A light for science and collaboration in the Middle East
The largest scientific project in the Middle East, the SESAME synchrotron radiation facility, was officially unveiled in May 2017. Located in Allan, Jordan, SESAME is made up by physicists from several countries that rarely talk to one another – Cyprus, Egypt, Iran, Israel, Jordan, Turkey, Pakistan and Palestine – but whose scientists are determined to collaborate. And colleagues from Germany, France, Italy, UK, Sweden and Spain are supplying expertise, equipment and technical support.
Chosen for its resonance in the region’s culture, the name SESAME now works as an acronym for Synchrotron-light for Experimental Science and Applications in the Middle East. The heart of the new facility is a particle accelerator, known as a synchrotron, speeding electrons around to make them emit powerful beams of radiation – so-called synchrotron light – that can be used to study the properties of materials ranging from exotic semiconductors to viruses. Applications will include: developing new materials, probing the structure of DNA, penetrating the secrets of chemical compounds, designing pharmaceuticals, performing disease infrared imaging, assessing archaeological artefacts, and measuring soil pollution.
As of September 2017, one beamline is operational, a second one is scheduled to go live in November and two more over the next two years. Among the subjects likely to be studied in early experiments is pollution in the Jordan River valley with a view to improving public health in the area, as well as studies aimed at identifying new drugs for cancer therapy, and cultural heritage studies ranging from bioarcheology to investigations of ancient manuscripts.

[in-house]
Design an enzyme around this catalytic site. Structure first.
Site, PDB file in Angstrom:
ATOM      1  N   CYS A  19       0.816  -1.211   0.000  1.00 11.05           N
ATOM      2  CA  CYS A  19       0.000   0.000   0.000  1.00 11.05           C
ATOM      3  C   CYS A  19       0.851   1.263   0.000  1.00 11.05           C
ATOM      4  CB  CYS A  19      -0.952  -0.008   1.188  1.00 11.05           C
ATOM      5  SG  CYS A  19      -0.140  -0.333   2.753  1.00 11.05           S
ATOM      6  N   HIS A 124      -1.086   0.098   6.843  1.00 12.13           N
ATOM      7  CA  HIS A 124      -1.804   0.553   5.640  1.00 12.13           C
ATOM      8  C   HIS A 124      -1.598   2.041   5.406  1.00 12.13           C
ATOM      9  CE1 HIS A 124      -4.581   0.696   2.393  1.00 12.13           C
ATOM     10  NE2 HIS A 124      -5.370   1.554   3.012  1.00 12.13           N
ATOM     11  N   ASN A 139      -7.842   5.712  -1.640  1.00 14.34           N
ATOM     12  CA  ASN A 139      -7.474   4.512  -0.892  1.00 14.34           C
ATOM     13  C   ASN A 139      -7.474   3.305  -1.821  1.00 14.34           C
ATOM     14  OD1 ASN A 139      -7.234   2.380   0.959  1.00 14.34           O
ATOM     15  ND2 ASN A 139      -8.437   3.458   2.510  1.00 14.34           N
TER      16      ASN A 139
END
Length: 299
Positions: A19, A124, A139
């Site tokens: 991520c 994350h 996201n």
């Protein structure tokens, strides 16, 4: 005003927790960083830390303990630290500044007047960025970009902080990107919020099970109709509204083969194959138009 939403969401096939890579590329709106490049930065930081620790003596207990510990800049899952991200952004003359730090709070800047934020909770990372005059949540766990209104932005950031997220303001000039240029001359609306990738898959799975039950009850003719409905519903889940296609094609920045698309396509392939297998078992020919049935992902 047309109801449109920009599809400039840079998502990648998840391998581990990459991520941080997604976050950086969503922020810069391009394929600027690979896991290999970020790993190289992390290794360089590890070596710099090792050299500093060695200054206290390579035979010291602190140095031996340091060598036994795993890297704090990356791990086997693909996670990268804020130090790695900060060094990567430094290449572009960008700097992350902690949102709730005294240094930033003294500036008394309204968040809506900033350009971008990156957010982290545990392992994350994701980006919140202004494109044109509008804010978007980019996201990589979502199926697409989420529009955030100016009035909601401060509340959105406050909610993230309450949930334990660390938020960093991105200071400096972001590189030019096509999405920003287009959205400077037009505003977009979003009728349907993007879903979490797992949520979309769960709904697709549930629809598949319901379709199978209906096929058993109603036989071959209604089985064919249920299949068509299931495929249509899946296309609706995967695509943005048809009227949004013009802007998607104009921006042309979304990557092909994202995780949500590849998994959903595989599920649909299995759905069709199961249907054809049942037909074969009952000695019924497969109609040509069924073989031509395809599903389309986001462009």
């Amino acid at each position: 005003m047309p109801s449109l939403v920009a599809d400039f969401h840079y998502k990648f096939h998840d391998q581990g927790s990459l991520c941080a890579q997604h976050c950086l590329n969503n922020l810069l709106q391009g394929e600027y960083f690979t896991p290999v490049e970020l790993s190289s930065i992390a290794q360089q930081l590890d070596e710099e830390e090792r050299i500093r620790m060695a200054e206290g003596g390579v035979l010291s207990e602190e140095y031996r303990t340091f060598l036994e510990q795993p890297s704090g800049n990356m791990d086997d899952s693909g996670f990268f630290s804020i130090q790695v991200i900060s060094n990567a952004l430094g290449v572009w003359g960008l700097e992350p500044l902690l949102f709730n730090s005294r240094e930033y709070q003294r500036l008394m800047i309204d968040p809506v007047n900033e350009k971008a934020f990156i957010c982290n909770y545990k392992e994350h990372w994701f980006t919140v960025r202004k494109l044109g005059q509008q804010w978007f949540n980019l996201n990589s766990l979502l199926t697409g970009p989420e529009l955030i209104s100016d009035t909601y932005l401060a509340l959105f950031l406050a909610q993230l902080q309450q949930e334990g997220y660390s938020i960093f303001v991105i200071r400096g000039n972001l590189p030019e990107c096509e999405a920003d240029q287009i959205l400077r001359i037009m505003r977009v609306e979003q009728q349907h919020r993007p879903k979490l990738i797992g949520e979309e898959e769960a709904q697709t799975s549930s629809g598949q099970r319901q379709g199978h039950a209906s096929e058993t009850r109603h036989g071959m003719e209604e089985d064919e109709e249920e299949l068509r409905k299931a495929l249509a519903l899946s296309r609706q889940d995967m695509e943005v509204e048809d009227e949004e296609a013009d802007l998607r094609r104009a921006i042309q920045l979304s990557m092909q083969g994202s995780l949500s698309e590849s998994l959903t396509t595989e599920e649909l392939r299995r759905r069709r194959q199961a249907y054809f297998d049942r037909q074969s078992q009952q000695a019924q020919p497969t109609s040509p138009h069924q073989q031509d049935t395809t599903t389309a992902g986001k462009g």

As SESAME’s particle accelerator enters production phase, it is expected to produce thousands of gigabytes every day which will be transferred to HPC centres in and outside the region for analysis, including partners in the EU-funded Virtual Research Environment Vi-SEEM project which supports research communities in Southeast Europe and the Eastern Mediterranean in need of networking and computational resources to further interdisciplinary collaboration in the fields of Life Sciences, Climatology and Digital Cultural Heritage.
To tackle this data deluge, the Arab States Research and Education Network ASREN is providing SESAME with high-speed connectivity and access to the global R&E network fabric via a dedicated link from Amman, Jordan, to the ASREN PoP in London. Initially at 50 Mbps, the link capacity was doubled in September 2017 as part of an agreement between ASREN and JUNet, the Jordanian University Network which has now also been re-connected to the global NREN infrastructure thanks to the EU-funded EUMEDCONNECT3 project.
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